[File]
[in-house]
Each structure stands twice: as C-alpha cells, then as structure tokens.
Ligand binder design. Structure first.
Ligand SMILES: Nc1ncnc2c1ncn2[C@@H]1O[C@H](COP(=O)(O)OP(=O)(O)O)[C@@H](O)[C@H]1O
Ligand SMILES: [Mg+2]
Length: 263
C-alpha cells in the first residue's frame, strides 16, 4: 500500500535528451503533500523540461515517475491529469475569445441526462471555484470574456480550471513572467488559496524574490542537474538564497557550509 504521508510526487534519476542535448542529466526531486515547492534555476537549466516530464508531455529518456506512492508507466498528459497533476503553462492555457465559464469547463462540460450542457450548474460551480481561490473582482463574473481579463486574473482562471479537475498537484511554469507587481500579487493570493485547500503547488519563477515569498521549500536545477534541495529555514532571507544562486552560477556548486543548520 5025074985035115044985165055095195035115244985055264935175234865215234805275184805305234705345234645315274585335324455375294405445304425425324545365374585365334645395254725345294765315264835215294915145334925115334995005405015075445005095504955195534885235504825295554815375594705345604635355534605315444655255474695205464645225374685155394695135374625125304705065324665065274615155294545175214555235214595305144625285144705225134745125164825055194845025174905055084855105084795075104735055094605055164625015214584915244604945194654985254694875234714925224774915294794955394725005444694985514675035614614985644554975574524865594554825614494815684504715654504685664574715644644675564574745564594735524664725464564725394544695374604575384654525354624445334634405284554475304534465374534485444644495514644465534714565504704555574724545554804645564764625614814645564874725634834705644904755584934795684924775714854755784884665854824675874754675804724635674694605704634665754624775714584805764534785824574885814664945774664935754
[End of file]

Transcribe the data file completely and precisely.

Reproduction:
[in-house]
Each structure stands twice: as C-alpha cells, then as structure tokens.
Ligand binder design. Structure first.
Ligand SMILES: Nc1ncnc2c1ncn2[C@@H]1O[C@H](COP(=O)(O)OP(=O)(O)O)[C@@H](O)[C@H]1O
Ligand SMILES: [Mg+2]
Length: 263
C-alpha cells in the first residue's frame, strides 16, 4: 500500500535528451503533500523540461515517475491529469475569445441526462471555484470574456480550471513572467488559496524574490542537474538564497557550509 504521508510526487534519476542535448542529466526531486515547492534555476537549466516530464508531455529518456506512492508507466498528459497533476503553462492555457465559464469547463462540460450542457450548474460551480481561490473582482463574473481579463486574473482562471479537475498537484511554469507587481500579487493570493485547500503547488519563477515569498521549500536545477534541495529555514532571507544562486552560477556548486543548520 5025074985035115044985165055095195035115244985055264935175234865215234805275184805305234705345234645315274585335324455375294405445304425425324545365374585365334645395254725345294765315264835215294915145334925115334995005405015075445005095504955195534885235504825295554815375594705345604635355534605315444655255474695205464645225374685155394695135374625125304705065324665065274615155294545175214555235214595305144625285144705225134745125164825055194845025174905055084855105084795075104735055094605055164625015214584915244604945194654985254694875234714925224774915294794955394725005444694985514675035614614985644554975574524865594554825614494815684504715654504685664574715644644675564574745564594735524664725464564725394544695374604575384654525354624445334634405284554475304534465374534485444644495514644465534714565504704555574724545554804645564764625614814645564874725634834705644904755584934795684924775714854755784884665854824675874754675804724635674694605704634665754624775714584805764534785824574885814664945774664935754